Yes, NPR and PBS aren’t perfectly objective, but if we let profits drive public media’s operations, we’d end up with something looking a lot more like MSNBC (which I hesitate to even call news). I want PBS and NPR to keep their federal funding because I believe the government has a duty to maintain a well-educated polity. That .00012 percent of the budget is money well spent.

Bub is a junior majoring in English, political science and history.


Even if you didn’t catch last week’s debate, you probably heard about Mitt Romney saying that if and when he is president, he is cutting off Big Bird.

This little remark was made into a huge deal thanks in large part to Twitter. Remarks in regards to the economy and Obamacare just didn’t have the same comic appeal to them as did the idea of big, bad Romney cutting the purse strings to PBS.

However, a strong argument can be made for Romney’s remark being spot on. Currently the U.S. is in debt just over $16 trillion. We are having to borrow money from whoever is willing to lend it to us. China currently owns more of our debt than any other country. This is bad as the U.S. has acted as a world powerhouse ever since it overtook Great Britain’s position of dominancy. These days, the U.S. is living in the shadow of China’s economy.

His statement was not the oversimplified anti-PBS or the grossly oversimplified fire Big Bird. His point was whether or not Americans were so passionate about the federal government funding Big Bird that it was willing to borrow from China to do so? It is a safe assumption that most people, aside from the residents of Street and Elwood City, would be willing to let that minor expense go by the wayside in the interest of not further indebting ourselves to China in order to do so.

PBS is broadcast in a variety of markets, each one locally owned and operated. The total amount of PBS’ overall revenue derived from the federal government amounts to only about 15 percent.

The total amount comes to around $450 million a year. True, this number seems rather insignificant when you take into account the fact that the U.S. government will spend $3.5 trillion in this fiscal year.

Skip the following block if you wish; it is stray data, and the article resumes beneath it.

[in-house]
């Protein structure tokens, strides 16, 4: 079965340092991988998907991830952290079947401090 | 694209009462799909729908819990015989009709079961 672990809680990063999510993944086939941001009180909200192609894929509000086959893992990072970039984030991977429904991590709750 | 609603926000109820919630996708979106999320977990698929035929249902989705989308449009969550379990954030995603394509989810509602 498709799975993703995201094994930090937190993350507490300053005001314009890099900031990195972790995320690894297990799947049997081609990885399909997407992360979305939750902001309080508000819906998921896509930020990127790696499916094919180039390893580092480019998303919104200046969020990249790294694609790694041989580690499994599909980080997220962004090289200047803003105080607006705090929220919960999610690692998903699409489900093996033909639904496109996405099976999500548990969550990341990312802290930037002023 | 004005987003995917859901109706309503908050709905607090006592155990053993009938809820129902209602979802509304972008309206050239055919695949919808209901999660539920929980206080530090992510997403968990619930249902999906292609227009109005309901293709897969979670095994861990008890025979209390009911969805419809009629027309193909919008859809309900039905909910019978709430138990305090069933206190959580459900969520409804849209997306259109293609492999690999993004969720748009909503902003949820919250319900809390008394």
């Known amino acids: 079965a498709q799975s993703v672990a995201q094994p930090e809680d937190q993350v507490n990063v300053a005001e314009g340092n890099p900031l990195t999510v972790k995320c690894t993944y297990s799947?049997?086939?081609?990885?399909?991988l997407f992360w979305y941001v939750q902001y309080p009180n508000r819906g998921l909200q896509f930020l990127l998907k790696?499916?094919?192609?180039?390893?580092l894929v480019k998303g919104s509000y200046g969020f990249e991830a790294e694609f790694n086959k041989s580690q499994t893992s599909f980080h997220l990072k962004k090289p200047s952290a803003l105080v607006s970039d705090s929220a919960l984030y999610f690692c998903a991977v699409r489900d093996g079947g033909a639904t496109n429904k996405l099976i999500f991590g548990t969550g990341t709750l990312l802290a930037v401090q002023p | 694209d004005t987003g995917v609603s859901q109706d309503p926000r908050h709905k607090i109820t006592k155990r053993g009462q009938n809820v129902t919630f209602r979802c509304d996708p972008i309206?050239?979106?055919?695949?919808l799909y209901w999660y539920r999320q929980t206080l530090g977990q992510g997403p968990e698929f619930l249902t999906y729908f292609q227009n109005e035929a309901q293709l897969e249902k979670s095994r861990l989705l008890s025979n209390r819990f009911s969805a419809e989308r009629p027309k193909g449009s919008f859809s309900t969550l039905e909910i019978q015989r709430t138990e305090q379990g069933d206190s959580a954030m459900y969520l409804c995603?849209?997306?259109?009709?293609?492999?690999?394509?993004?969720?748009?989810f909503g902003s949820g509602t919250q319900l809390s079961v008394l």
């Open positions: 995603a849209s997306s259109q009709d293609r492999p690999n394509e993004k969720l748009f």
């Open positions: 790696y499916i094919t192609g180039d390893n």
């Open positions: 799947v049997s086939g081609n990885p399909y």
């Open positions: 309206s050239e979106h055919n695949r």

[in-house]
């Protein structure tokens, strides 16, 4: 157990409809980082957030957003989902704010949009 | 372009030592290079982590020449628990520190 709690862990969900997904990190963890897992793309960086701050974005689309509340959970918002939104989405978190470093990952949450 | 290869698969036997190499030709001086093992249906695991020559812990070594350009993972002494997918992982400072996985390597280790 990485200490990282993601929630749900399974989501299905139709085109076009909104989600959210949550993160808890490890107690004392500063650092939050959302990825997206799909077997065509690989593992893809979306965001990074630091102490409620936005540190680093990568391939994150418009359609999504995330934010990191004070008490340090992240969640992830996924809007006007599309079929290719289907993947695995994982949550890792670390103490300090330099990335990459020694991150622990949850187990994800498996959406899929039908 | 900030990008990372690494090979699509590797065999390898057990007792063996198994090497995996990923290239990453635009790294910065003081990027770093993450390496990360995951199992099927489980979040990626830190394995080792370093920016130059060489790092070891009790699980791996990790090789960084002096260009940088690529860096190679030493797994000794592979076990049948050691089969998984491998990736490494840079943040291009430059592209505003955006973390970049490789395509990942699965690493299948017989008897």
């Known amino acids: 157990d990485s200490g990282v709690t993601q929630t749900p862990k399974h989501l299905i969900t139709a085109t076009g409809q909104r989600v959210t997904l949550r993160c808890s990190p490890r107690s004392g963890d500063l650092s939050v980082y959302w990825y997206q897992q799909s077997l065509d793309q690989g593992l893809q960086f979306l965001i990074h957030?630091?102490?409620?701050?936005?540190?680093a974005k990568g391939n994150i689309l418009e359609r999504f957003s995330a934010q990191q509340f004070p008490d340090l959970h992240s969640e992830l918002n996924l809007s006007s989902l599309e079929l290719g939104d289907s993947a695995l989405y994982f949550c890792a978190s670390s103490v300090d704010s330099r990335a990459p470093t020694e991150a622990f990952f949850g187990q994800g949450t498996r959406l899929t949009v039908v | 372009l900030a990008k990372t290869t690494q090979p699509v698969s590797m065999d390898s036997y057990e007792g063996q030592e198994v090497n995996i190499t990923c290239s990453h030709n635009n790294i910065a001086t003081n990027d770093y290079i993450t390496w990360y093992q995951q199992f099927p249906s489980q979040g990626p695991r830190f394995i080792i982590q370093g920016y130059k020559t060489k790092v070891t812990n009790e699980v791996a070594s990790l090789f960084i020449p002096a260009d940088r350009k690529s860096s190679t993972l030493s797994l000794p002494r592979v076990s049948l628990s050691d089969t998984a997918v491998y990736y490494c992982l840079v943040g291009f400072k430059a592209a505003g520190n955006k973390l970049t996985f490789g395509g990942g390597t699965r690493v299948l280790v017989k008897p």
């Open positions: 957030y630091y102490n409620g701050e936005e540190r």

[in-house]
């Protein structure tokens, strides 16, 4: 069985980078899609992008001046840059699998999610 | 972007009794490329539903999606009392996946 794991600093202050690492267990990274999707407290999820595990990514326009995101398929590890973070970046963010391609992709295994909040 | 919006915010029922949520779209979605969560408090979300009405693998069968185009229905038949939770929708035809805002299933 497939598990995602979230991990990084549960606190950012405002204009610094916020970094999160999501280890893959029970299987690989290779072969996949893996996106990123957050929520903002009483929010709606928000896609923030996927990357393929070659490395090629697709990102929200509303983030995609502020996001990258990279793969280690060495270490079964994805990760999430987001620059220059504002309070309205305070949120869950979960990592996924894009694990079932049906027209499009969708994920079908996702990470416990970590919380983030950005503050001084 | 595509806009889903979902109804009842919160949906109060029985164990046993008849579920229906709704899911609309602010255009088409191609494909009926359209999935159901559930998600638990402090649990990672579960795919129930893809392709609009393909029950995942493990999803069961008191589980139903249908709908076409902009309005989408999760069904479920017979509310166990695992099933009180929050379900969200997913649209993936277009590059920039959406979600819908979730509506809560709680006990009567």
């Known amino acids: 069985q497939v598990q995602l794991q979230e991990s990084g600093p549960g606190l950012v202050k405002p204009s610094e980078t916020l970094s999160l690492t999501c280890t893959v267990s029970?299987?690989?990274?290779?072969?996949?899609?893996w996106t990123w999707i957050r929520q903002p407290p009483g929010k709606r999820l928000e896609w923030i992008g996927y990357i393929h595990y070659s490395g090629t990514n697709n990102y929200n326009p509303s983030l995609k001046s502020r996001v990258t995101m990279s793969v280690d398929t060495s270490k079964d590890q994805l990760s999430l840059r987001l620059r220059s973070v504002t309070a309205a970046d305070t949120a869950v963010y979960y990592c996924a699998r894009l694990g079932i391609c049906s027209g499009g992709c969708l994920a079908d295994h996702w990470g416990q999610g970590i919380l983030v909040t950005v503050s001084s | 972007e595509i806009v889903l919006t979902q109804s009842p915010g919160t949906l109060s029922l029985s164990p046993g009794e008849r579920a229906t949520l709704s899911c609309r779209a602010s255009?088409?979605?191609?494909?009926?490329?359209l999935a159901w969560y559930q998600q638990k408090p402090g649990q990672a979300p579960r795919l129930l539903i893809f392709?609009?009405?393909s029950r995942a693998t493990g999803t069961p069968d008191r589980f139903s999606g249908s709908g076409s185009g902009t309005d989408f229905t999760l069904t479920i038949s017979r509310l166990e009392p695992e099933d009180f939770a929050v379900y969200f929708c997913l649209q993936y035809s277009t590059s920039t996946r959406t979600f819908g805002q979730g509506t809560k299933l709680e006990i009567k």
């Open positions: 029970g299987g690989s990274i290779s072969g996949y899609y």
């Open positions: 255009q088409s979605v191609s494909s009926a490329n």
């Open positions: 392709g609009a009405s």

However, when you are in debt it is imperative that you cut down wherever you can afford to and as the federal contribution to PBS amounts to only 15 percent of its annual income, it would not be so detrimental to the institution that it would be altogether lost.

As with any cutbacks, there would be some disadvantages. While on the national level the federal money makes up only a relatively small percentage, in certain smaller markets the federal funds constitute 40 to 50 percent of their total budgets. Because of this, it is altogether possible that the branches of PBS in these markets might be forced to close. While this may be sad to Elmo lovers, it is reported that only about 89 million people watch PBS on a given week. This encompasses only about 29 percent of Americans. This is yet another government funded program that everyone pays for, but few benefit from.

The U.S. government has been spending like Marie Antoinette for years. No matter where the cuts in spending come from, it is of the utmost importance that they be implemented. Taking $450 million a year form PBS won’t make much of a dent in curbing federal spending, but it is a step. With a large number of those who watch TV subscribing to cable and satellite services, locally produced free stations are not as widely viewed as they once were.

The question presented by Romney is valid, do you want PBS bad enough to borrow money from China to fund it or are you willing to cut federal funding to a television channel that has largely become obsolete?

In a debate stacked with depressing statistics and candidates promising a bleak future if their opponent were to win, the American public took the lighthearted humor where they could find it.

This obviously will not act as a divisive political issue, but it addressed the much graver issue of the government’s funding of superfluous institutions and programs and the fact that no matter how
small the contribution, each played a role in the mounting debt.

Dunn is a junior majoring in political science.